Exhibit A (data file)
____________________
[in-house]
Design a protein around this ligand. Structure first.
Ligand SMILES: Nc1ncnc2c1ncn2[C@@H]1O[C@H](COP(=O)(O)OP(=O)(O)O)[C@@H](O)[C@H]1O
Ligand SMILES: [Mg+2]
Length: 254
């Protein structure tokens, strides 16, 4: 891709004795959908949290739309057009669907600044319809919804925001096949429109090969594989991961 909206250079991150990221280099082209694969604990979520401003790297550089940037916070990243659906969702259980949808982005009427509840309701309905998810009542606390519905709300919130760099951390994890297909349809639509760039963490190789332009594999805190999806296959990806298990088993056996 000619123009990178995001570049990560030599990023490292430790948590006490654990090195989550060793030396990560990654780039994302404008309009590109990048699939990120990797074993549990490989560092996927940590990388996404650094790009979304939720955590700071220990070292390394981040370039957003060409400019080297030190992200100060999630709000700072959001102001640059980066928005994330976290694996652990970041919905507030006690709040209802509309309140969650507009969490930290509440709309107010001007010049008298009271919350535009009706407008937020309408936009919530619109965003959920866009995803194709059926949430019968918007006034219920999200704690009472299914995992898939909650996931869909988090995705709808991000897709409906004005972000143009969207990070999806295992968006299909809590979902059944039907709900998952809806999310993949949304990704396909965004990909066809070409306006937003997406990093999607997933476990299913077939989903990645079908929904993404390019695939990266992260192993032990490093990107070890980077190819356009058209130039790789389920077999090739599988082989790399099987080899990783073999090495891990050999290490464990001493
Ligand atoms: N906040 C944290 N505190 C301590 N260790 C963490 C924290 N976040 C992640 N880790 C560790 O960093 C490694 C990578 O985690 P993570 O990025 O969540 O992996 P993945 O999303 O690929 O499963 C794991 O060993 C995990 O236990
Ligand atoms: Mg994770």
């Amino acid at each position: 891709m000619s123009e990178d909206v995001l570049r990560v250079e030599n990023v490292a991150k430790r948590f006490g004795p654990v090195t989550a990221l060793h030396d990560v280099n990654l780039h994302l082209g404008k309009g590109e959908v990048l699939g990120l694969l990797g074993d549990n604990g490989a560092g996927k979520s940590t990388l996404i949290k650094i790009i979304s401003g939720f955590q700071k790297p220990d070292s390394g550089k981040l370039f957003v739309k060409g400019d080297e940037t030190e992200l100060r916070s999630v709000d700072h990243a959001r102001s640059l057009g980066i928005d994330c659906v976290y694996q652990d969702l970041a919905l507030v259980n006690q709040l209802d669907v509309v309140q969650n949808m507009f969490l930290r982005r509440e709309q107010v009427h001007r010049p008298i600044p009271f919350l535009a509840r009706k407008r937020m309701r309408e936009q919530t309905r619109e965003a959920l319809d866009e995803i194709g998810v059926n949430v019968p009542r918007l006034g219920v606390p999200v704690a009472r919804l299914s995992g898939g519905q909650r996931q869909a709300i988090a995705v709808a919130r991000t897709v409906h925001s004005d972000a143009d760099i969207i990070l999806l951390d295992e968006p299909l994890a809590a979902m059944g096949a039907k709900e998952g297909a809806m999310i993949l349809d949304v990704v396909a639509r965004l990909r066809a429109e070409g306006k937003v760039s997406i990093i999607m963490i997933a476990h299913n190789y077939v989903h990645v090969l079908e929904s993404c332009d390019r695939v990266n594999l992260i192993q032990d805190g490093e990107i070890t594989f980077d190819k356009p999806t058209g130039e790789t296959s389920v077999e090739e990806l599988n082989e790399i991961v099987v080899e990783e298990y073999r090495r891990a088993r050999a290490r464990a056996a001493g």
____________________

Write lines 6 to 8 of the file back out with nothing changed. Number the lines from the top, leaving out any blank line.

């Protein structure tokens, strides 16, 4: 891709004795959908949290739309057009669907600044319809919804925001096949429109090969594989991961 909206250079991150990221280099082209694969604990979520401003790297550089940037916070990243659906969702259980949808982005009427509840309701309905998810009542606390519905709300919130760099951390994890297909349809639509760039963490190789332009594999805190999806296959990806298990088993056996 000619123009990178995001570049990560030599990023490292430790948590006490654990090195989550060793030396990560990654780039994302404008309009590109990048699939990120990797074993549990490989560092996927940590990388996404650094790009979304939720955590700071220990070292390394981040370039957003060409400019080297030190992200100060999630709000700072959001102001640059980066928005994330976290694996652990970041919905507030006690709040209802509309309140969650507009969490930290509440709309107010001007010049008298009271919350535009009706407008937020309408936009919530619109965003959920866009995803194709059926949430019968918007006034219920999200704690009472299914995992898939909650996931869909988090995705709808991000897709409906004005972000143009969207990070999806295992968006299909809590979902059944039907709900998952809806999310993949949304990704396909965004990909066809070409306006937003997406990093999607997933476990299913077939989903990645079908929904993404390019695939990266992260192993032990490093990107070890980077190819356009058209130039790789389920077999090739599988082989790399099987080899990783073999090495891990050999290490464990001493
Ligand atoms: N906040 C944290 N505190 C301590 N260790 C963490 C924290 N976040 C992640 N880790 C560790 O960093 C490694 C990578 O985690 P993570 O990025 O969540 O992996 P993945 O999303 O690929 O499963 C794991 O060993 C995990 O236990
Ligand atoms: Mg994770």